What's the difference between
Enter two words to compare and contrast their definitions, origins, and synonyms to better understand how those words are related.

Grasp vs Draw - What's the difference?

grasp | draw |

As an acronym grasp

is (software|object-oriented design).

As a verb draw is

(lb) to move or develop something .

As a noun draw is

the result of a contest in which neither side has won; a tie.



(wikipedia grasp)


(en verb)
  • To grip; to take hold, particularly with the hand.
  • (senseid)To understand.
  • I have never been able to grasp the concept of infinity .

    Derived terms

    * grasp the nettle


    (en noun)
  • Grip.
  • *
  • *:Turning back, then, toward the basement staircase, she began to grope her way through blinding darkness, but had taken only a few uncertain steps when, of a sudden, she stopped short and for a little stood like a stricken thing, quite motionless save that she quaked to her very marrow in the grasp of a great and enervating fear.
  • (senseid)Understanding.
  • That which is accessible; that which is within one's reach or ability.
  • :
  • draw



  • (lb) To move or develop something.
  • #To sketch; depict with lines; to produce a picture with pencil, crayon, chalk, etc. on paper, cardboard, etc.
  • #*(Oliver Goldsmith) (1730-1774)
  • #*:A flattering painter who made it his care / To draw men as they ought to be, not as they are.
  • #*(Matthew Prior) (1664-1721)
  • #*:Can I, untouched, the fair one's passions move, / Or thou draw beauty and not feel its power?
  • #*{{quote-book, year=1963, author=(Margery Allingham), title=(The China Governess)
  • , chapter=3 citation , passage=Sepia Delft tiles surrounded the fireplace, their crudely drawn Biblical scenes in faded cyclamen blending with the pinkish pine, while above them, instead of a mantelshelf, there was an archway high enough to form a balcony with slender balusters and a tapestry-hung wall behind.}}
  • #To deduce or infer.
  • #:
  • #(lb) (of drinks, especially tea) To leave temporarily so as to allow the flavour to increase.
  • #:
  • #(lb) To take or procure from a place of deposit; to call for and receive from a fund, etc.
  • #:
  • #To take into the lungs; to inhale.
  • #*
  • #*:Serene, smiling, enigmatic, she faced him with no fear whatever showing in her dark eyes.She put back a truant curl from her forehead where it had sought egress to the world, and looked him full in the face now, drawing a deep breath which caused the round of her bosom to lift the lace at her throat.
  • #*1979 , (Monty Python), (Always Look on the Bright Side of Life)
  • #*:So always look on the bright side of death / Just before you draw your terminal breath
  • #(lb) To move; to come or go.
  • #:
  • #:
  • #:
  • #(lb) To obtain from some cause or origin; to infer from evidence or reasons; to deduce from premises; to derive.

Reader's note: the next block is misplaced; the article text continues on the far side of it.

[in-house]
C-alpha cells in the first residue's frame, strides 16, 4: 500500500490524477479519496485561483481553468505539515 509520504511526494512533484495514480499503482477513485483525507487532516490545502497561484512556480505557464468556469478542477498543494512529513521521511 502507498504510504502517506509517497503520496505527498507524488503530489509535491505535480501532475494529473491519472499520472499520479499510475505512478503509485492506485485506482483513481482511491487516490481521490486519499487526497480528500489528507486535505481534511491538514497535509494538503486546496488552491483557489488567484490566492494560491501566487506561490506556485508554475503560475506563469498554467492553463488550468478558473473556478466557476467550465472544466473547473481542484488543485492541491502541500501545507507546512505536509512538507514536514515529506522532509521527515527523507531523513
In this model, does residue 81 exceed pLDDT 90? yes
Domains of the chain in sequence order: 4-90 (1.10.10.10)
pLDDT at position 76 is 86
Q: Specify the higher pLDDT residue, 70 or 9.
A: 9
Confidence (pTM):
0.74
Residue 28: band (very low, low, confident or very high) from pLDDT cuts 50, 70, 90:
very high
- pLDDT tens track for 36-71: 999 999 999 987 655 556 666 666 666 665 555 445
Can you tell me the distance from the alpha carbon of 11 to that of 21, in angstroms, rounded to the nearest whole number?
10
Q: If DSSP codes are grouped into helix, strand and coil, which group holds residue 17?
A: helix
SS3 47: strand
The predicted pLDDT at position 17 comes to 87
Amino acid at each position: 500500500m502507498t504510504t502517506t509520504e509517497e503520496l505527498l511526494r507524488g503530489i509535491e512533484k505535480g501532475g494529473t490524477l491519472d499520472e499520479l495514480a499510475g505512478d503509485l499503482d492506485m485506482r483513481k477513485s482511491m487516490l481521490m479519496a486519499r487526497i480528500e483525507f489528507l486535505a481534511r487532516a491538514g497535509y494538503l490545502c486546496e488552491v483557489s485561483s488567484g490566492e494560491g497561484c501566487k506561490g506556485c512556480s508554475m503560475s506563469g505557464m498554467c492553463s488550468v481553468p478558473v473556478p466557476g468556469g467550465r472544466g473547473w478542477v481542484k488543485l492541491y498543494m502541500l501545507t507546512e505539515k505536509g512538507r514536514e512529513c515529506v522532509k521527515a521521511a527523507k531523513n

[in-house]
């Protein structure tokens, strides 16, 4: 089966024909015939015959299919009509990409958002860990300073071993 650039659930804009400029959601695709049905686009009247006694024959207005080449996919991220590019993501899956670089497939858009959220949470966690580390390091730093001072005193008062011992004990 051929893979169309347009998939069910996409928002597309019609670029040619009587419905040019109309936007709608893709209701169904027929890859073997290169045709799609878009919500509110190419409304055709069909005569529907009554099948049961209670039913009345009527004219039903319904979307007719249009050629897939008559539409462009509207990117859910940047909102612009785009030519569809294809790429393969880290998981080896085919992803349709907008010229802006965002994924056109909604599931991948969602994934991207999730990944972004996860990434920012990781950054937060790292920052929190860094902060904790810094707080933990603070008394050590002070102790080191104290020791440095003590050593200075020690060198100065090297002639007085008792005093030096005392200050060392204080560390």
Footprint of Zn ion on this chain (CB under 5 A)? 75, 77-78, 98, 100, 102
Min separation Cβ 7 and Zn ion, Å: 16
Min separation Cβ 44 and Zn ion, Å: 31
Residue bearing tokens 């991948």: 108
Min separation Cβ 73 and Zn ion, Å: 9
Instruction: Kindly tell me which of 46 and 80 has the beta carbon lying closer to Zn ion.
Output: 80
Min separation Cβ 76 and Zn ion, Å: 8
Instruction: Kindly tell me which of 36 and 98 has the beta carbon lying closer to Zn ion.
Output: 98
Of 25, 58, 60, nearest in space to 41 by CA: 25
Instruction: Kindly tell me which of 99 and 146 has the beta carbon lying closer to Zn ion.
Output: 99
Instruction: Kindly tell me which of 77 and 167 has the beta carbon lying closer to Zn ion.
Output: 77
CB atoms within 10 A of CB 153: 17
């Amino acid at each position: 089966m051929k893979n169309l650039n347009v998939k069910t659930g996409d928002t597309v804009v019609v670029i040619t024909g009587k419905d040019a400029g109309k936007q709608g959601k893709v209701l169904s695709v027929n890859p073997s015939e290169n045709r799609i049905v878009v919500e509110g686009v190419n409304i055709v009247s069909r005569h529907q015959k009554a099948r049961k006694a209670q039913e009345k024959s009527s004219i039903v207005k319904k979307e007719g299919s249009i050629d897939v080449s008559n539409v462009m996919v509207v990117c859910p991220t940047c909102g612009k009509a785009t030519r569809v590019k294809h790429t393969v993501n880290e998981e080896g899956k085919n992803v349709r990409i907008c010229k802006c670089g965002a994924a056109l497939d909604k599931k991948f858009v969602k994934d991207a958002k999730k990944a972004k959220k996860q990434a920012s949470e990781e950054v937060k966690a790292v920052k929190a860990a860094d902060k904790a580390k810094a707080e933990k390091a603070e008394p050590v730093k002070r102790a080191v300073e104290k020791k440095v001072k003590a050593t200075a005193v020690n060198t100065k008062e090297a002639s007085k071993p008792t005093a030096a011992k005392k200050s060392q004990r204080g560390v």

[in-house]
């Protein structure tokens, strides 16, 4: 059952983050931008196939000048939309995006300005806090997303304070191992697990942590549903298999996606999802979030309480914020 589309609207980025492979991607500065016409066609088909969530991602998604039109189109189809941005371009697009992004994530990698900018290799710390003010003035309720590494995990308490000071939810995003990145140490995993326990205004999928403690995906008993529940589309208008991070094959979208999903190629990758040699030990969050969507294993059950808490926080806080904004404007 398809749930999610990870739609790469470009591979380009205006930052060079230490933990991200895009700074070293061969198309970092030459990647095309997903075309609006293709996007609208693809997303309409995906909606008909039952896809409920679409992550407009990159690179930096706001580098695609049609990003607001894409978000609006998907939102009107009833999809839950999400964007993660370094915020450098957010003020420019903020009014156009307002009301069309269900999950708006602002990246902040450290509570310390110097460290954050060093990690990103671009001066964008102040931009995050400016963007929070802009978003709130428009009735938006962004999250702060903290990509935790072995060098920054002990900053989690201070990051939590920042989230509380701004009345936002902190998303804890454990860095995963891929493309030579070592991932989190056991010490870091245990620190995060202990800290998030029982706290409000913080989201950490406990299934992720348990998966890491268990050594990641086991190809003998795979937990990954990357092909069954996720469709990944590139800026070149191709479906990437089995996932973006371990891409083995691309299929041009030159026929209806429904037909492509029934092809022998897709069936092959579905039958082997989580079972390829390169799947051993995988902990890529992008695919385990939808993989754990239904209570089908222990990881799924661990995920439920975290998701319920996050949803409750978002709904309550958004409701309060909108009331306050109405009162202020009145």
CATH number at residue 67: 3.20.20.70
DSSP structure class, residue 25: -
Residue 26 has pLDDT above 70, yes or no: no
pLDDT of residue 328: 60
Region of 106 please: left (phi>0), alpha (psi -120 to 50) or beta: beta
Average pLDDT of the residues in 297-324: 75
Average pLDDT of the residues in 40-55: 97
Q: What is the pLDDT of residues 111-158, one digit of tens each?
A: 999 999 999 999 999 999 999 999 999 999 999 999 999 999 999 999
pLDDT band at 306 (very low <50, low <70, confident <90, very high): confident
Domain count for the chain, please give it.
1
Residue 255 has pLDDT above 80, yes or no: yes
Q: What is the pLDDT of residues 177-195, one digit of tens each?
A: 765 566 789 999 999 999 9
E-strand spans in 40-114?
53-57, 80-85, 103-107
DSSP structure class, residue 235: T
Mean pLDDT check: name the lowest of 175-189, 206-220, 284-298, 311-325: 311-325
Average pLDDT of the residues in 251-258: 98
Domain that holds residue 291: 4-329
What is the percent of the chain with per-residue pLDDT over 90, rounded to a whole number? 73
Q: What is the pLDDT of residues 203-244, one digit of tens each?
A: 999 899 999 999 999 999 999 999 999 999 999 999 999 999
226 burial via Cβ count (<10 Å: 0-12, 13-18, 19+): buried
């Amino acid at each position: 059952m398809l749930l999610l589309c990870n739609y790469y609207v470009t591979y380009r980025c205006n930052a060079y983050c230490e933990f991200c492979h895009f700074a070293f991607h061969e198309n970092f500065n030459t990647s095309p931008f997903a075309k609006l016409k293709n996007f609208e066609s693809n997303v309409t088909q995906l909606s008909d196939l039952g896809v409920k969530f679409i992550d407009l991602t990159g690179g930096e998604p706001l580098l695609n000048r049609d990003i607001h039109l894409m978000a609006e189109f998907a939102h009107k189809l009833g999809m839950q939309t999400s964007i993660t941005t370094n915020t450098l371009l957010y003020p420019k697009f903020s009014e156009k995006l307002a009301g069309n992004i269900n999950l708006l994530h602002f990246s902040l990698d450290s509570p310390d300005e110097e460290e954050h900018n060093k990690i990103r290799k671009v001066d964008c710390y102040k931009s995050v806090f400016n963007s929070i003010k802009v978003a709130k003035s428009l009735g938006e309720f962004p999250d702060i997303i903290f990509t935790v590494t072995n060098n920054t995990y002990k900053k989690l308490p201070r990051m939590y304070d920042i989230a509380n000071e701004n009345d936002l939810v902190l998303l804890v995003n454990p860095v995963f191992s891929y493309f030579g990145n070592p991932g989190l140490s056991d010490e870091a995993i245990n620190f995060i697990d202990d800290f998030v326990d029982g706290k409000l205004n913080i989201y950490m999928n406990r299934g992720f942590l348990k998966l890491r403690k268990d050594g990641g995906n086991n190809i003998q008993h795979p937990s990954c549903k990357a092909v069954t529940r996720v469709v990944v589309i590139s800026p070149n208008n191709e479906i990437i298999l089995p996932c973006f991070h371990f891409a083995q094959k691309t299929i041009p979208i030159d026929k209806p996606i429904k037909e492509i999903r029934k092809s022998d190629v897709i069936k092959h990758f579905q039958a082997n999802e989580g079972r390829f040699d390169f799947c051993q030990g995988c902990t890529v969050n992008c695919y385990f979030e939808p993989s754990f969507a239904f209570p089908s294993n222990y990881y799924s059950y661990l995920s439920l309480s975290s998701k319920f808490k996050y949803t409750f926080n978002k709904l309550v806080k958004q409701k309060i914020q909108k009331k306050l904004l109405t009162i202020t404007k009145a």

• #*(Edmund Burke) (1729-1797)
  • #*:We do not draw the moral lessons we might from history.
  • # To withdraw.
  • #*(William Shakespeare) (1564-1616)
  • #*:Go, wash thy face, and draw thy action.
  • #(lb) To draw up (a document).
  • #:
  • #*(William Shakespeare) (1564-1616)
  • #*:Clerk, draw a deed of gift.
  • (lb) To exert or experience force.
  • #(lb) To drag, pull.
  • #*
  • , chapter=4, title= Lord Stranleigh Abroad , passage=“[…] No rogue e’er felt the halter draw , with a good opinion of the law, and perhaps my own detestation of the law arises from my having frequently broken it.
  • #*1918 , (Edgar Rice Burroughs), , Chapter VIII
  • #*:Lys shuddered, and I put my arm around her and drew her to me; and thus we sat throughout the hot night. She told me of her abduction and of the fright she had undergone, and together we thanked God that she had come through unharmed, because the great brute had dared not pause along the danger-infested way.
  • #*
  • #*:At the last moment Mollie, the foolish, pretty white mare who drew Mr. Jones's trap, came mincing daintily in, chewing at a lump of sugar.
  • #(lb) To pull; to exert strength in drawing anything; to have force to move anything by pulling.
  • #:
  • #:
  • #To pull out (as a gun from a holster, or a tooth).
  • #:
  • #To undergo the action of pulling or dragging.
  • #:
  • #(lb) To pull back the bowstring and its arrow in preparation for shooting.
  • #(of curtains, etc.) To close.
  • #:
  • #(lb) To take the top card of a deck into hand.
  • #:
  • To remove or separate or displace.
  • #To extract a liquid, or cause a liquid to come out, primarily water or blood.
  • #:
  • #*Bible, (w) iv. 11
  • #*:The woman saith unto him, Sir, thou hast nothing to draw with, and the well is deep.
  • #*(George Cheyne) (1671-1743)
  • #*:Spirits, by distillations, may be drawn out of vegetable juices, which shall flame and fume of themselves.
  • #To drain by emptying; to suck dry.
  • #*1705 , Richard Wiseman], ''[http://books.google.com.au/books?id=P5EIAAAAQAAJ&pg=PA303&dq=%22wiseman+on+tumours%22&hl=en&sa=X&ei=kIu-UsSULcvbkAWjoYDICw&ved=0CDYQ6AEwAQ#v=onepage&q=%22wiseman%20on%20tumours%22&f=false Tumours, Gun Shot Wounds, &c.
  • #*:Sucking and drawing the breast dischargeth the milk as fast as it can be generated.
  • #(lb) To extract; to force out; to elicit; to derive.
  • #*(William Shakespeare) (1564-1616)
  • #*:until you had drawn oaths from him
  • #To sink in water; to require a depth for floating.
  • #:
  • #*(William Shakespeare) (1564-1616)
  • #*:Greater hulks draw deep.
  • # To work as an epispastic; said of a blister, poultice, etc.
  • # To have a draught; to transmit smoke, gases, etc.
  • #:
  • #(lb) To consume, for example, power.
  • #:
  • (lb) To change in size or shape.
  • #To extend in length; to lengthen; to protract; to stretch.
  • #:
  • #*(William Shakespeare) (1564-1616)